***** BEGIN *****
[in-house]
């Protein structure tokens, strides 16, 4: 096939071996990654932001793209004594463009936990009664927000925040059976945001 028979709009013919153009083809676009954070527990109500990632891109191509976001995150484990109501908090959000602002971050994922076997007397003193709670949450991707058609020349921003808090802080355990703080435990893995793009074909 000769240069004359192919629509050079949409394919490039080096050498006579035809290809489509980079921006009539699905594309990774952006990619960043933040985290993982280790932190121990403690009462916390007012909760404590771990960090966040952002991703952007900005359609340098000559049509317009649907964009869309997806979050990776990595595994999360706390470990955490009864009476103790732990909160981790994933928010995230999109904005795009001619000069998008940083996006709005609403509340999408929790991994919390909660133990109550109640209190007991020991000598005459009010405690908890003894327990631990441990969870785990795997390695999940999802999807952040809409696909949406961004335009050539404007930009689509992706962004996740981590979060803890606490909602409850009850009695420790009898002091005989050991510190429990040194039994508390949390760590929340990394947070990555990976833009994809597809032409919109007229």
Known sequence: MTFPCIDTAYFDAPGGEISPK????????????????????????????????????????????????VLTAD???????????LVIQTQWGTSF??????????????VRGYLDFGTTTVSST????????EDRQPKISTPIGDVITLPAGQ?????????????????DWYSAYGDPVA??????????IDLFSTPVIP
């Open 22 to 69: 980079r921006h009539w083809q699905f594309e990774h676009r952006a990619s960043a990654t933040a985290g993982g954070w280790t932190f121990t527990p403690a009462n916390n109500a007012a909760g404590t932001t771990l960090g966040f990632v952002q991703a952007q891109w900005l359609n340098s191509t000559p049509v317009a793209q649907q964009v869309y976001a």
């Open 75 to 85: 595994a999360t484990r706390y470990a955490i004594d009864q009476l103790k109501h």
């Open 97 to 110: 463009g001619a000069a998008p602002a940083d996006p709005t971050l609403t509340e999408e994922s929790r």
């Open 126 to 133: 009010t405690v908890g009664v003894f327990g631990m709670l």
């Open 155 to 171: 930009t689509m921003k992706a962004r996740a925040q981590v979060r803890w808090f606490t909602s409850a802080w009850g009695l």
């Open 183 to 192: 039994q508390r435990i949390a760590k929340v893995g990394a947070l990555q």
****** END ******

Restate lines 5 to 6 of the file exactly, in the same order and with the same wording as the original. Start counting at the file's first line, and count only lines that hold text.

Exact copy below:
């Open 75 to 85: 595994a999360t484990r706390y470990a955490i004594d009864q009476l103790k109501h």
């Open 97 to 110: 463009g001619a000069a998008p602002a940083d996006p709005t971050l609403t509340e999408e994922s929790r």